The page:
Lee Sugg

Lee Sugg now became watchful and jealous, and fancying that he also possessed talent for something of which he had caught the first intimation from Mr. Mathews, under the name of Ventriloquism, he from that time put himself forward as one who, to use his own printed account of himself in after-years, possessed "A power which God had given him, and which the devil himself couldn't take away!" In short, after this man had got up a very coarse imitation from his study of what he had heard and seen done, he set up for himself; and few there are who have not heard, or read, in large type, of " Lee Sugg, the great Ventriloquist." Sometimes by his bills it would be seen (not however, till my husband's fame was sufficiently established to make it a worthy boast) that he was "The Original Imitator of Mathews at Home," etc.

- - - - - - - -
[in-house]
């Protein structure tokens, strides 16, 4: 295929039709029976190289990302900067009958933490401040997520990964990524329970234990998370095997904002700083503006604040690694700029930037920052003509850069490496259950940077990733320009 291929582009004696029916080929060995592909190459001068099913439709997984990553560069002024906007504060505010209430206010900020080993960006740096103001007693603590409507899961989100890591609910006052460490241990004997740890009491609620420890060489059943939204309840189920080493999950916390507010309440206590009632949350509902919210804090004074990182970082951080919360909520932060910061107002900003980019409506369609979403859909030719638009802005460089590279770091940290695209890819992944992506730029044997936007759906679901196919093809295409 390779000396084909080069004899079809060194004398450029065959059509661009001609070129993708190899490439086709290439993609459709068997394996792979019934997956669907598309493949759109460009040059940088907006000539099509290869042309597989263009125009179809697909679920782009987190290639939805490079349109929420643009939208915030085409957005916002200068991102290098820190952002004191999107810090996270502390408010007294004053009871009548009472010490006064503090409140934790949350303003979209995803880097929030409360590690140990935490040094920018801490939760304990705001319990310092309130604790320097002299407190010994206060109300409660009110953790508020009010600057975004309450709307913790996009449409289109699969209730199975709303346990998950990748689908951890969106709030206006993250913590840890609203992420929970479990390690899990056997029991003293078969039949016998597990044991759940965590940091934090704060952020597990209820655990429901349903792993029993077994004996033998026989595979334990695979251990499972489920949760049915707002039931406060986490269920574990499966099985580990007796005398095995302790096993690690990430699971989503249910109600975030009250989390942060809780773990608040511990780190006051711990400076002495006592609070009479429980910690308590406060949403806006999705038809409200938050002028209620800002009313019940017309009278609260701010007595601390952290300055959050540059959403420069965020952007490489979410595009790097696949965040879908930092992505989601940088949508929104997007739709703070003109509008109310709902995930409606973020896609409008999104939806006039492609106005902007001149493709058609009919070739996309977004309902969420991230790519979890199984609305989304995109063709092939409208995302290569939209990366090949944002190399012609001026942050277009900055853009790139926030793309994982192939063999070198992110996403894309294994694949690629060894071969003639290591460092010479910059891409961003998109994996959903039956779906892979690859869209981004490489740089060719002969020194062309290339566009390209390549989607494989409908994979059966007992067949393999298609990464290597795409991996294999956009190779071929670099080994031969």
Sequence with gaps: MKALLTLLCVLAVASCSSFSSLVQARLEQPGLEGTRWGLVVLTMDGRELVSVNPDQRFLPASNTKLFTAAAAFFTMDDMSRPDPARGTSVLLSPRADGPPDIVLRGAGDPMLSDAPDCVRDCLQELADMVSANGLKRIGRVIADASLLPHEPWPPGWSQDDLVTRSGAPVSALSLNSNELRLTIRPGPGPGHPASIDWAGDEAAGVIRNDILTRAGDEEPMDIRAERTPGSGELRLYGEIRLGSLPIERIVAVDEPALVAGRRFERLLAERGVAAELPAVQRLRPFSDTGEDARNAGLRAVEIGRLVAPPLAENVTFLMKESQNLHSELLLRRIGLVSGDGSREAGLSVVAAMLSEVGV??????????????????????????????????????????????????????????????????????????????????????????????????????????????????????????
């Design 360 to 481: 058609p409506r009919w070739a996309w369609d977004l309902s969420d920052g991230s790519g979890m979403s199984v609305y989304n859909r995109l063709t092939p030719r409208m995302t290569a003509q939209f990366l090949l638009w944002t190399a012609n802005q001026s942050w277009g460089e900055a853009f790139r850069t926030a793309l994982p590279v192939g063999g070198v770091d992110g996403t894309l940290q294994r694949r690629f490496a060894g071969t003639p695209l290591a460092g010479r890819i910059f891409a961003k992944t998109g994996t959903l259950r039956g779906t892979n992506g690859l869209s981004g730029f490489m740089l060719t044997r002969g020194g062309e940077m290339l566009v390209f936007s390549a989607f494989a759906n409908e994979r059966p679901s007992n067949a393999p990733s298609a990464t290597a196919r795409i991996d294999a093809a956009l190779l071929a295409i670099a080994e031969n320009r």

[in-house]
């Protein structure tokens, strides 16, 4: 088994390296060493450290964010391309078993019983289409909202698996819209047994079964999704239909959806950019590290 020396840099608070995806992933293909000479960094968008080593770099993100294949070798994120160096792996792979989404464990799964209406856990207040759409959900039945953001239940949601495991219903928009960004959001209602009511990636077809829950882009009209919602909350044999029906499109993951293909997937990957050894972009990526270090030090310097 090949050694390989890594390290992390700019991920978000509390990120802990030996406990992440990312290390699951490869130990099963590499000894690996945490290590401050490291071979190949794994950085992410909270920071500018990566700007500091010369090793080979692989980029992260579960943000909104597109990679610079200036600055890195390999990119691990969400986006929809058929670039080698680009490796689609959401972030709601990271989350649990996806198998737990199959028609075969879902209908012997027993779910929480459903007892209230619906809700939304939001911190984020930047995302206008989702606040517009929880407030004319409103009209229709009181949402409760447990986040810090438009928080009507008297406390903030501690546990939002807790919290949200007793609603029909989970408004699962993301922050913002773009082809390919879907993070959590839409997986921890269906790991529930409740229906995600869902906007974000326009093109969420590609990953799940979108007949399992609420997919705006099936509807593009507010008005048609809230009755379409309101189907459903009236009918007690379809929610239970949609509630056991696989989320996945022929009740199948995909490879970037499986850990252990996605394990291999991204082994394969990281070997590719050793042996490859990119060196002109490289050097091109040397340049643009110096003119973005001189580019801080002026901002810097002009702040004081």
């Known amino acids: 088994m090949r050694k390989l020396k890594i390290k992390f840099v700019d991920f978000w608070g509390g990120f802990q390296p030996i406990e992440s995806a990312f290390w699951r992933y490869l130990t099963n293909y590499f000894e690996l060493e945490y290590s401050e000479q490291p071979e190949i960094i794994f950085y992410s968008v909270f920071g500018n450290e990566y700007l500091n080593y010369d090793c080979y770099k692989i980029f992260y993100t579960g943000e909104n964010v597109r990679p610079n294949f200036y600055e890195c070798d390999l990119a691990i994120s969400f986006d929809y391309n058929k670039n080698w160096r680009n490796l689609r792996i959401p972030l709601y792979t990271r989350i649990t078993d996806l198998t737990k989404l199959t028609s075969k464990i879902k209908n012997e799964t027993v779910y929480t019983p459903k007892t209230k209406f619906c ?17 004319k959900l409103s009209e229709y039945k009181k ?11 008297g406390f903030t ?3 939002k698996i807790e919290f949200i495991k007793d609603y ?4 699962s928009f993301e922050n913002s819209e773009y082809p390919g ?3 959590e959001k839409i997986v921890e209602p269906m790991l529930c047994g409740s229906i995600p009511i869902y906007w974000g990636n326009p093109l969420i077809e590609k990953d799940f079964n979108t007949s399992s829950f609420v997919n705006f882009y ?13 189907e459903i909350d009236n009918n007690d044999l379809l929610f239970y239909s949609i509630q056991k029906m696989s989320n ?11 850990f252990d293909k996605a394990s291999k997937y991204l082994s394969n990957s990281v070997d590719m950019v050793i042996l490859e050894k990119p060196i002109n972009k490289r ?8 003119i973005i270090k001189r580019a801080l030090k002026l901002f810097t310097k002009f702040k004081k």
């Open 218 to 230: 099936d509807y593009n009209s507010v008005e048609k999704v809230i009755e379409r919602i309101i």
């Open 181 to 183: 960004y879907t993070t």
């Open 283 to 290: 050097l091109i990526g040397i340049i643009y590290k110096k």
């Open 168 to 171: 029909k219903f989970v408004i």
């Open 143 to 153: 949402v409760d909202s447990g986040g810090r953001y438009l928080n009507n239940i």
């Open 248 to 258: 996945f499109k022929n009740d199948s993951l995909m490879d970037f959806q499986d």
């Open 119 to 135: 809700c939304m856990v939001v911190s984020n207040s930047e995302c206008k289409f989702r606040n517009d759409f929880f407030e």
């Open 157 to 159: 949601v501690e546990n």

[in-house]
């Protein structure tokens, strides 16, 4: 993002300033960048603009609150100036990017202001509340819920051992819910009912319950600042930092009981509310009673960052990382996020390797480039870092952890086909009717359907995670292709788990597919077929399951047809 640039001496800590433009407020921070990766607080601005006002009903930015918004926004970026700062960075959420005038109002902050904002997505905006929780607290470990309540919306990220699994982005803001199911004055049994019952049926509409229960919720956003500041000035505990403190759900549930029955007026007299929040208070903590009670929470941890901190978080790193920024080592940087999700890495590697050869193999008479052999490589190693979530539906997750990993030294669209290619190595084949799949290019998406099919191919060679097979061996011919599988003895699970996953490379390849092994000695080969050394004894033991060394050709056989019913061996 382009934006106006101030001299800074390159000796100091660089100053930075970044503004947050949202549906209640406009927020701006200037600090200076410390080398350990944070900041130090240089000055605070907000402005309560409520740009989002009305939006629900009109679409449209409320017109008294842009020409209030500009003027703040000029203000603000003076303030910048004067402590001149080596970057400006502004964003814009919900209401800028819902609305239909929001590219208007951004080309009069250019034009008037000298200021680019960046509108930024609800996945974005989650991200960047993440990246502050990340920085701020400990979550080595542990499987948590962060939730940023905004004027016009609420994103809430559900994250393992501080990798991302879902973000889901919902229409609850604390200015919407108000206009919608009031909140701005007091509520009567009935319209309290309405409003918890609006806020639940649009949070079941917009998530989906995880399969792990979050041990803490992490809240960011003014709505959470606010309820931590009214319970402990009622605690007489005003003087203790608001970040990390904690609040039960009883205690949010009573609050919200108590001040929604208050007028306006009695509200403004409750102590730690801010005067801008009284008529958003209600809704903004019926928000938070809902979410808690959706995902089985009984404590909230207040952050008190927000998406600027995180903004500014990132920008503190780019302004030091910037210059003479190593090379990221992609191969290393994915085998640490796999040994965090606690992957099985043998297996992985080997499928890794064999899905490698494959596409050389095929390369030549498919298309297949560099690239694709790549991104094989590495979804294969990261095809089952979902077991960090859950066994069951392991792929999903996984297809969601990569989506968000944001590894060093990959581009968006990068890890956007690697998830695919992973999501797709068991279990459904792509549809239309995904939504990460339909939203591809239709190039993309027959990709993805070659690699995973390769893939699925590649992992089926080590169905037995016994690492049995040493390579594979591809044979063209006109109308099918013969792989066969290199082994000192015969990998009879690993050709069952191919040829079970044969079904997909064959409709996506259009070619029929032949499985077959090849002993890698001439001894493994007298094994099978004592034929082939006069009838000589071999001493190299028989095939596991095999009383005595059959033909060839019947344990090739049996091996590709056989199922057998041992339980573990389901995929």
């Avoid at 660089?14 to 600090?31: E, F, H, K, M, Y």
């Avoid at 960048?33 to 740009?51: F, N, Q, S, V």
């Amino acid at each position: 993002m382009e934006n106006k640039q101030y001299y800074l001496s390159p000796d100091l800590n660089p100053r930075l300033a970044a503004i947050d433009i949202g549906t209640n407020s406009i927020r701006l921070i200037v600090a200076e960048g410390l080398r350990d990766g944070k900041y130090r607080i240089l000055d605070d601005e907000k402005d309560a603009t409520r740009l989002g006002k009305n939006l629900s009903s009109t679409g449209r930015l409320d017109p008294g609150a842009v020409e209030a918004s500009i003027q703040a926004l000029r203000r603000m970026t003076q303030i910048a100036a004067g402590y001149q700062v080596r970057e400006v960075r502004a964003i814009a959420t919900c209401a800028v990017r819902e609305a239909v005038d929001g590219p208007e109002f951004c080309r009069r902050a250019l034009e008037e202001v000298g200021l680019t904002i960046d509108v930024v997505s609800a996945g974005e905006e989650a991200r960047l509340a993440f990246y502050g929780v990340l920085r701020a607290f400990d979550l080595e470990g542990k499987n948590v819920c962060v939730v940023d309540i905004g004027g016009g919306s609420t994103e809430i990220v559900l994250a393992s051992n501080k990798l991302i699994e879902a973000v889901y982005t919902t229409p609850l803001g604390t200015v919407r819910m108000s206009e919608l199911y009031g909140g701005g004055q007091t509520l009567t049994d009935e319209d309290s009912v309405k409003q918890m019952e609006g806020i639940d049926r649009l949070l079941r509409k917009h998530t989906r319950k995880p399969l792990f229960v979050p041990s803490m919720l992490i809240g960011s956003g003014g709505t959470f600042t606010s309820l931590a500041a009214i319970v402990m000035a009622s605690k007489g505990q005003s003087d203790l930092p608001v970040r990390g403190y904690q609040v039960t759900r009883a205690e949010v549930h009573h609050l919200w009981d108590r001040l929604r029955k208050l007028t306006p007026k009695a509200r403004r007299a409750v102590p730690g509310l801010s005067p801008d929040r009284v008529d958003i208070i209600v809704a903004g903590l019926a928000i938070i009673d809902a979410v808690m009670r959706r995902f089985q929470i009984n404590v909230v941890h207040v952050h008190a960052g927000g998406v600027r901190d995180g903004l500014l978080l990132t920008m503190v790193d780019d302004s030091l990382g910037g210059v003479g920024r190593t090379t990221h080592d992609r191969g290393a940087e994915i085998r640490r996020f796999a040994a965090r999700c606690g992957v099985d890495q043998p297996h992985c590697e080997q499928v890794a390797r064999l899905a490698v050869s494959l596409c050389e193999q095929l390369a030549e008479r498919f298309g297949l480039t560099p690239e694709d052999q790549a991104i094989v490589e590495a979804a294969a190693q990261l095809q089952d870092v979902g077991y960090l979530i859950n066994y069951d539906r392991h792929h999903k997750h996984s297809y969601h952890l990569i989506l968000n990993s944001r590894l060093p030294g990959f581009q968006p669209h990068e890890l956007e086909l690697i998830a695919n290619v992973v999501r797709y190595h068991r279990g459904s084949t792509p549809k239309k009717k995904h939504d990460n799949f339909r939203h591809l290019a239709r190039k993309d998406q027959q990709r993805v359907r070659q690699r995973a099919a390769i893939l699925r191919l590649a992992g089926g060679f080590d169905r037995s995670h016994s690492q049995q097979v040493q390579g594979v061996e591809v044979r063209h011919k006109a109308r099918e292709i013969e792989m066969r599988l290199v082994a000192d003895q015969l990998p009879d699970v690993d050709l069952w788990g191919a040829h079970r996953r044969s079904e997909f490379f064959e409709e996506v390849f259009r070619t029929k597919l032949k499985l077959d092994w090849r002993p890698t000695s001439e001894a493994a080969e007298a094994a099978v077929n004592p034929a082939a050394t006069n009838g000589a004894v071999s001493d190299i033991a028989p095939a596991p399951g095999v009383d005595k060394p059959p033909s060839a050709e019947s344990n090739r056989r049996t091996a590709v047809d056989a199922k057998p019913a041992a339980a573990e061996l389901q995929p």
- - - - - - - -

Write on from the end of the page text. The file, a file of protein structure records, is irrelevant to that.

Ann Jackson Mathews, Memoirs of Charles Mathews, Comedian, Vol. I, pp. 174-5

Compiled by Steven Connor. as part of The Dumbstruck Archive, a continuing, online supplement to Dumbstruck: A Cultural History of Ventriloquism (Oxford: Oxford University Press, 2000).